Does Facebook's Privacy Flub Matter?

February 26, 2010: 3:25 PM ET

Last Wednesday Los Angeles film production assistant Jaime Davila, 25, logged on to Facebook to discover more than a hundred new messages, none of which were for him. As the result of an embarrassing code glitch, the social networking website briefly misrouted messages to a small number of users. All of those messages were personal, and some were even salacious.

As word got out, Facebook's critics immediately raised privacy concerns. In the wake of Google (GOOG) Buzz, the new social service that Google launched inside of Gmail last week, social web services are being brought to task for compromising their users' personal information. In the case of Buzz, many Gmail users felt blindsided by the service, which immediately revealed who they were corresponding with most frequently. (See "Google's Poor Social Score")

By contrast, Facebook's code glitch hardly compares; it was an accident that impacted a small sliver of the company's 400 million users. If anything, this event shows how much better Facebook does than its peers in addressing privacy concerns—all without compromising founder Mark Zuckerberg's vision for the future of communications. It's a delicate balance. When companies get it wrong, as Google did, users complain and often leave. In this instance, Facebook responded quickly, explaining exactly what happened and how the company remedied the problem.

More broadly, privacy will continue to be one of Facebook's most critical issues as it grows, and Zuckerberg knows this. Over the years, he has had a couple of embarrassing missteps when he has misunderstood how users might react to a product or a feature. The most glaring example of this is Beacon, a product launched at an advertising event in the fall of 2007. Beacon allowed people to share information with Facebook friends based on their web activity on other sites. After both privacy groups and individual users staged loud protests, Zuckerberg wrote an apology on his site, removing Beacon. He later relaunched it in a slightly different form.

Zuckerberg learned a good deal about how to listen to his users from this experience and others like it. As a result, the company is constantly improving its privacy settings, and last December it overhauled these settings entirely in an attempt to make it easier for users to control content on their profiles. Also, Zuckerberg communicates about upcoming changes to the site well in advance of their launch and asks users for their opinions. And when something goes wrong on the site, he addresses it with users immediately.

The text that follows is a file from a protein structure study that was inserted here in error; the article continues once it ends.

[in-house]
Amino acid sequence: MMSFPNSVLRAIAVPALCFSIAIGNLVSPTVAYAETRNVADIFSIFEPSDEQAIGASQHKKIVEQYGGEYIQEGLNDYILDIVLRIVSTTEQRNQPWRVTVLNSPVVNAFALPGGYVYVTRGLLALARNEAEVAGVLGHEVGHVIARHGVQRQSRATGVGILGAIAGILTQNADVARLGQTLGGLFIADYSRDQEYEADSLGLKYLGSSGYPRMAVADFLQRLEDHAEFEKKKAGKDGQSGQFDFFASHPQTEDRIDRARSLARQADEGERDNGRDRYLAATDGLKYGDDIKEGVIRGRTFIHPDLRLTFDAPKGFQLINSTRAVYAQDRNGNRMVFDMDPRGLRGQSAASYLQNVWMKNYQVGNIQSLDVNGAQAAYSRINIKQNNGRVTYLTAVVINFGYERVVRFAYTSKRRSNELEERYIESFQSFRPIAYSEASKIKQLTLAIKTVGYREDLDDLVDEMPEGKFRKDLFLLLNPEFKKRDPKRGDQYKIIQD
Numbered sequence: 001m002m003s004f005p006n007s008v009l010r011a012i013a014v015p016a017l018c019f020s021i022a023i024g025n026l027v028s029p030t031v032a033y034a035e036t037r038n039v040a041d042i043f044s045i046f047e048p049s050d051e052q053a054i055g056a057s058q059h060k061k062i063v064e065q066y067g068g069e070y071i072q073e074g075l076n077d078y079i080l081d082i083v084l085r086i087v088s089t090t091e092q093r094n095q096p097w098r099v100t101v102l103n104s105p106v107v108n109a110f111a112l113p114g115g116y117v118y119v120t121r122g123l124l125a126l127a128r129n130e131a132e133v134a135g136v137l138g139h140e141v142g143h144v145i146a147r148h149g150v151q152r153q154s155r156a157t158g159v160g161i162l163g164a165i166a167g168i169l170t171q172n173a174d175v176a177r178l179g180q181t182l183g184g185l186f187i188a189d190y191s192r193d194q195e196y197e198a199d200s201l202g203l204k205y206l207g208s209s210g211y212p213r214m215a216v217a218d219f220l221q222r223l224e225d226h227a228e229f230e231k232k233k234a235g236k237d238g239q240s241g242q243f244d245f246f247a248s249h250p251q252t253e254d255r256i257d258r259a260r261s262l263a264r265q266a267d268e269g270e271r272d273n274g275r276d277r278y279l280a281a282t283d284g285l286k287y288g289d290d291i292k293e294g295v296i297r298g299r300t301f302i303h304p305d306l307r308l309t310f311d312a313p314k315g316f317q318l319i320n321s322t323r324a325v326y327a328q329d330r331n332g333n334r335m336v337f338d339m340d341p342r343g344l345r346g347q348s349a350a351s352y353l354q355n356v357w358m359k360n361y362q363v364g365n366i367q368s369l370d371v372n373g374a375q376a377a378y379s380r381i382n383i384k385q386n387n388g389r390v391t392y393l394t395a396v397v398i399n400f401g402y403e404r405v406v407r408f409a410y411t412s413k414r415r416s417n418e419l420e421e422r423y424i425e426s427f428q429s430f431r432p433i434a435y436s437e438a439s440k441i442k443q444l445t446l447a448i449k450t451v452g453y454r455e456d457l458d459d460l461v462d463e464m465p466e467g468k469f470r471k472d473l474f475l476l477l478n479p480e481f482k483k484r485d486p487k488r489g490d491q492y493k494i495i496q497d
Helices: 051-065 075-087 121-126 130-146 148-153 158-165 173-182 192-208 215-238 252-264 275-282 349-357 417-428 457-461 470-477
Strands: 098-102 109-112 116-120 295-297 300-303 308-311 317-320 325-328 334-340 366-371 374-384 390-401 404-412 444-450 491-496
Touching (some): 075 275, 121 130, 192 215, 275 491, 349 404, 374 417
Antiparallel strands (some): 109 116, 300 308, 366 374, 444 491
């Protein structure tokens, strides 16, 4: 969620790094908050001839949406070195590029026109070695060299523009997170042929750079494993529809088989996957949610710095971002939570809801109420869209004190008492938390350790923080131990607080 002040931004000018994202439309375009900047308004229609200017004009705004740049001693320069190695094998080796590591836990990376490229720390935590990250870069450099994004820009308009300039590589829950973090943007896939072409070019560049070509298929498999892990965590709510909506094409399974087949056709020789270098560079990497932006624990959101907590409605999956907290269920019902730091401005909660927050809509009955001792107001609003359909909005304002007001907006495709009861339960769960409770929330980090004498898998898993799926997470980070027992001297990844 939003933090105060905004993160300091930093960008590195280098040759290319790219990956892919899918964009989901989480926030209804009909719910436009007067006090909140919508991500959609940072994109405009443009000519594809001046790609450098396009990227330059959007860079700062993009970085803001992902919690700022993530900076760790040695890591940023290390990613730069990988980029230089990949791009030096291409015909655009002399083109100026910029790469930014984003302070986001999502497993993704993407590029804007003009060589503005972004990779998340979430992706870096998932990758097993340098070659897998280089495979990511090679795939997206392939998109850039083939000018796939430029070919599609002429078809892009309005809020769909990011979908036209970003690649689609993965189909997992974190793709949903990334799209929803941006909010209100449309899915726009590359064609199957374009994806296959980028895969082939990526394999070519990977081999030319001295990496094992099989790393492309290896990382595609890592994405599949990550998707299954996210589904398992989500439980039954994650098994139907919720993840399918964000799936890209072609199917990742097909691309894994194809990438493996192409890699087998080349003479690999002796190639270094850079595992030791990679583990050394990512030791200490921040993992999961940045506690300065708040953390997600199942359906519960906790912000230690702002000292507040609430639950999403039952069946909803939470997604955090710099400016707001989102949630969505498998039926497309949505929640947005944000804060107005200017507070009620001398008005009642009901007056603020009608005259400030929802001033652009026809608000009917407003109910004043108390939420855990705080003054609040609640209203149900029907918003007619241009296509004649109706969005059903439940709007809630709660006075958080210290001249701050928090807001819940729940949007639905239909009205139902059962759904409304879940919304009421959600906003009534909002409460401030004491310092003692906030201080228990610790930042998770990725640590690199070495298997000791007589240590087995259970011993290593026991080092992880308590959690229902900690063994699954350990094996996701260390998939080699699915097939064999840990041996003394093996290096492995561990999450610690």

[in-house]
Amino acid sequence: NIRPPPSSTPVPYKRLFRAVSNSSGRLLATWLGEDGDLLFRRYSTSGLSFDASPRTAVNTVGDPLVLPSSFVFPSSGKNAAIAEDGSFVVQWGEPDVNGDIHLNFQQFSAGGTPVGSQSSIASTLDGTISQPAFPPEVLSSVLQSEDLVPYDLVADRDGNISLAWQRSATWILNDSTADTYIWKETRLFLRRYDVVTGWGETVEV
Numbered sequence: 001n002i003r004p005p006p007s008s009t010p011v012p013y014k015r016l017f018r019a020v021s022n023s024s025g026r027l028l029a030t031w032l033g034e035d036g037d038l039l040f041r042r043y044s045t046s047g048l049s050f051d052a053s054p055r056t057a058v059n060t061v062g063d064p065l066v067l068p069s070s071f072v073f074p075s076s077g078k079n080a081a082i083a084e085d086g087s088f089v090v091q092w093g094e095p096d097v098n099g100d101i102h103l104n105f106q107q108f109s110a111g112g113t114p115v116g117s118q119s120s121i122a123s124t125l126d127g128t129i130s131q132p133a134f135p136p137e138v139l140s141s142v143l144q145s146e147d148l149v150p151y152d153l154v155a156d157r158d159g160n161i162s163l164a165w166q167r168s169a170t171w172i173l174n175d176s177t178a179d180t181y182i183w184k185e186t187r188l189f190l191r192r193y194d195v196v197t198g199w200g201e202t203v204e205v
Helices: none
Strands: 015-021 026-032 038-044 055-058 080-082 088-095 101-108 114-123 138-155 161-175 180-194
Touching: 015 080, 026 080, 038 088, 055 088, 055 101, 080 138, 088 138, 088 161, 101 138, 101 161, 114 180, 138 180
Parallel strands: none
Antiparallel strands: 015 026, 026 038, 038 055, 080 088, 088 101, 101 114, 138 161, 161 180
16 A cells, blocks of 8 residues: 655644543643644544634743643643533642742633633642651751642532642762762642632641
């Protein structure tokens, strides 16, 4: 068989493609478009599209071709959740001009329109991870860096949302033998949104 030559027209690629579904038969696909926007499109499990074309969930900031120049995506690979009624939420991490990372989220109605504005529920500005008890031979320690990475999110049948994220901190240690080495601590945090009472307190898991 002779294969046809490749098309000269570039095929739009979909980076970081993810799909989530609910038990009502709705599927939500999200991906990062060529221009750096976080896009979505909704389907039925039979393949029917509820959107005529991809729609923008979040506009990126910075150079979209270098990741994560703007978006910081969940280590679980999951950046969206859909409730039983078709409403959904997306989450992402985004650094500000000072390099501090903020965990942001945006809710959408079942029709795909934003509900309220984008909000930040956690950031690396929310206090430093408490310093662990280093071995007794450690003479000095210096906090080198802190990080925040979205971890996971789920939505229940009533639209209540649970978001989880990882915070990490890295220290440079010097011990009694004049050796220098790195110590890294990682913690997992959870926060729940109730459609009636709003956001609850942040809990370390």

Because he has earned their trust, Zuckerberg is able to introduce radical changes to Facebook even when users express negative sentiment. He makes his decisions based on data about how people use the site, and he does an increasingly better job at communicating to users about why every decision is made. Consider the recent redesign: love it or hate it, you knew it was coming long before it arrived.

And on the occasion that a glitch pops up, users are more willing to call it an accident. "I would be furious if my personal messages went out," said Davila. But his Facebook usage has not slackened.

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About This Author
Jessi Hempel
Jessi Hempel
Senior Writer, Fortune

Jessi Hempel is a New York-based technology writer for Fortune. She has written extensively about digital media, online advertising and social networking. Before joining Fortune in July 2007, Hempel worked at BusinessWeek and most recently served as their innovation department editor. Hempel is a graduate of Brown University and received a Masters in Journalism from The University of California at Berkeley.

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